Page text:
Gov. Bredesen released a statement to assure residents he's on the lookout for potential price gouging crimes:
"We will be very tough and very aggressive on people who take advantage of this situation. I hope people do not try to capitalize on the effects of these storms at the expense of Tennesseans, who are already struggling with high gas prices."
WBIR reports some complaints have been made but not very many.
Is it because of our location?
"The increase was the biggest one-day spike since the days following Hurricane Katrina in 2005 according to AAA. Then, the price of gas rose by 14 cents and 16 cents on consecutive days in the aftermath of Katrina.
Sharpest spikes were in states that lie at the end of Gulf pipelines. That included the Carolinas, Tennessee and Kentucky. In the Triad on Friday, gas prices ranged from $3.60 a gallon to $5.95 a gallon.
In Galveston and Houston, prices rose 3.6 cents and 4.8 cents to $3.525 and $3.544."
Is it your fault?
Let's see - oil prices are markedly lower at around $100 per barrel, at it's high mark of $144 a barrel, prices reached the $3.80 or higher mark. The summer saw major drops in retail gas sales, so companies kept stockpiles low. The last two hurricanes prompted the shutdown of production in the Gulf. Now that demand at the pump is higher, the wholesale prices of fuel supplied to your area went much higher and now you must pay for that rate, not the rate at which existing supplies were purchased.
AAA spokesman Don Lindsey in the Kingsport press:
"I think there’s little doubt that somewhere somebody is seeing an opportunity to take advantage of customers. I don’t think it’s widespread, though,” Lindsey said.
“I think there are stations that absorbed a lot of wholesale price increases over a period of weeks awhile back and watched their profit margin get squeezed and didn’t drop their prices down as quickly as others.
“Some station owners have got some tough decisions, and I think a lot of stations are in the business of keeping customers happy, not trying to take advantage of them and risk prosecution under state law for gouging customers.”
In some instances, Lindsey said stations may have increased prices Friday to stave off panic buying.
“If they’ve had a run on their supply and they’re seeing that they are about to run out, there have been situations where station owners have jacked the price up to slow that down. That’s not a good process, and I believe that some station owners were prosecuted for that (in 2003) before and during Hurricane Katrina,” he said."Lindsey in the Knoxville press:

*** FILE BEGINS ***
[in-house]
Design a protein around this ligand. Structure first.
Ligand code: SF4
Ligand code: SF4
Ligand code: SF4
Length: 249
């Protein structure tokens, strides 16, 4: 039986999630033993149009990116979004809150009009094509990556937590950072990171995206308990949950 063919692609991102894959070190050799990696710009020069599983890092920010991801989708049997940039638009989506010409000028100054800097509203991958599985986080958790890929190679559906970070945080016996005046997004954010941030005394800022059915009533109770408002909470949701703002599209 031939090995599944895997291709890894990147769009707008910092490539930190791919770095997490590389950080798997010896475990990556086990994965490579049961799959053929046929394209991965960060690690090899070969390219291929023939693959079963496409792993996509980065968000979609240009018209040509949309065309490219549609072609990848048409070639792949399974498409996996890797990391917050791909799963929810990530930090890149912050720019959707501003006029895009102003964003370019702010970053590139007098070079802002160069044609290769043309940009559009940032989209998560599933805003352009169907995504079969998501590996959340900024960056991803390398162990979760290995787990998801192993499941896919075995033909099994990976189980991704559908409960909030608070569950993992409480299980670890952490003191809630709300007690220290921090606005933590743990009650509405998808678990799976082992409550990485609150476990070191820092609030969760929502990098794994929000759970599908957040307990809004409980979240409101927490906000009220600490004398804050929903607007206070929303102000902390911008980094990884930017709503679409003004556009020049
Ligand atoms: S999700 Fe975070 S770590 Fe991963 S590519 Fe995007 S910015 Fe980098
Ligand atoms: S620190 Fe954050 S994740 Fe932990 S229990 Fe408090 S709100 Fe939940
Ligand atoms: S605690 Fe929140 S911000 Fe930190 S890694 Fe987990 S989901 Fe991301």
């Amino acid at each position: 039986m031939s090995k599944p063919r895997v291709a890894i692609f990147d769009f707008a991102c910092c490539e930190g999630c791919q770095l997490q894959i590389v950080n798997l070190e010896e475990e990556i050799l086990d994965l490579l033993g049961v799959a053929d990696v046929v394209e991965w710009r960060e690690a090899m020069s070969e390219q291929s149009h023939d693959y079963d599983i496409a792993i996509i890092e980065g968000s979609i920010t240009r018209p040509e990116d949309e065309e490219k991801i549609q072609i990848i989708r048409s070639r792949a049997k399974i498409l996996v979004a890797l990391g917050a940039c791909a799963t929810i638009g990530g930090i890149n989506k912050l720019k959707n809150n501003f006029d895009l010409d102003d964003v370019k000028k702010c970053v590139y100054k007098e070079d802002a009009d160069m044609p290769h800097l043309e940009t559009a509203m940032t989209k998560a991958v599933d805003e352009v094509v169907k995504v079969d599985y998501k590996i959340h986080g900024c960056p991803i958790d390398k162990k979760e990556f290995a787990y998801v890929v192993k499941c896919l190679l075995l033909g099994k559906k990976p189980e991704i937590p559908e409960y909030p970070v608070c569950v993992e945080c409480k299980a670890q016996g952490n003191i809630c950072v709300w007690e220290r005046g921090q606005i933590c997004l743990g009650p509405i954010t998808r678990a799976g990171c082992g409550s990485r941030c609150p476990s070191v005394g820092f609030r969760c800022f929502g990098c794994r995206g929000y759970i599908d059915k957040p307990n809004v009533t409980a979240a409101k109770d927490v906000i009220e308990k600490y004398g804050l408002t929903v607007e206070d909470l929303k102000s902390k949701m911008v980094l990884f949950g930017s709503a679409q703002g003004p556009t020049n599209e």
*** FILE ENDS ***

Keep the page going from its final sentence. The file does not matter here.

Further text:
"At least through the end of September and possibly beyond, we can expect price increases."
Production may be affected for many, many months:
"The storm idled about 98 percent of oil production and 94 percent of natural-gas output in the Gulf of Mexico, the U.S. Minerals Management Service said yesterday. Gulf fields produce 1.3 million barrels oil a day, about a quarter of U.S. output, and 7.4 billion cubic feet of gas, 14 percent of the total, government data show.
"Ike is similar to Hurricane Alicia in 1983, according to Jim Rouiller, senior energy meteorologist at Planlytics Inc. in Wayne, Pennsylvania.
``It took them over a year to get their feet on the ground again,'' he said. ``The refineries were down for months. Basically, the whole infrastructure around the Houston metropolitan area was devastated.''
Hurricanes Katrina and Rita forced the temporary shutdown of at least 20 U.S. refineries during August and September 2005, idling 30 percent of the nation's capacity. Most of those plants resumed operations within a few weeks of the storms.
Gasoline supplies across the southern and eastern U.S. may be disrupted by Ike, Rouiller said.
``We could have this capability lost for a long period of time,'' he said."
So here's the deal - you, America, you dropped the demand for fuel over the summer, so supplies were kept at a bare minimum. As hurricane season approached (Aug and Sept), supplies were also kept low despite the near-constant likelihood storms would halt/slow production. Now, supplies are really low, production is at a bare minimum and likely to be so for months, and your demand is the real problem.
The rest is just business.
By stringing together various aspects of supply and demand, by ignoring the enormous reality that hurricanes shut down production in the Gulf, profits are maximized at the highest imaginable (and legally allowable) levels.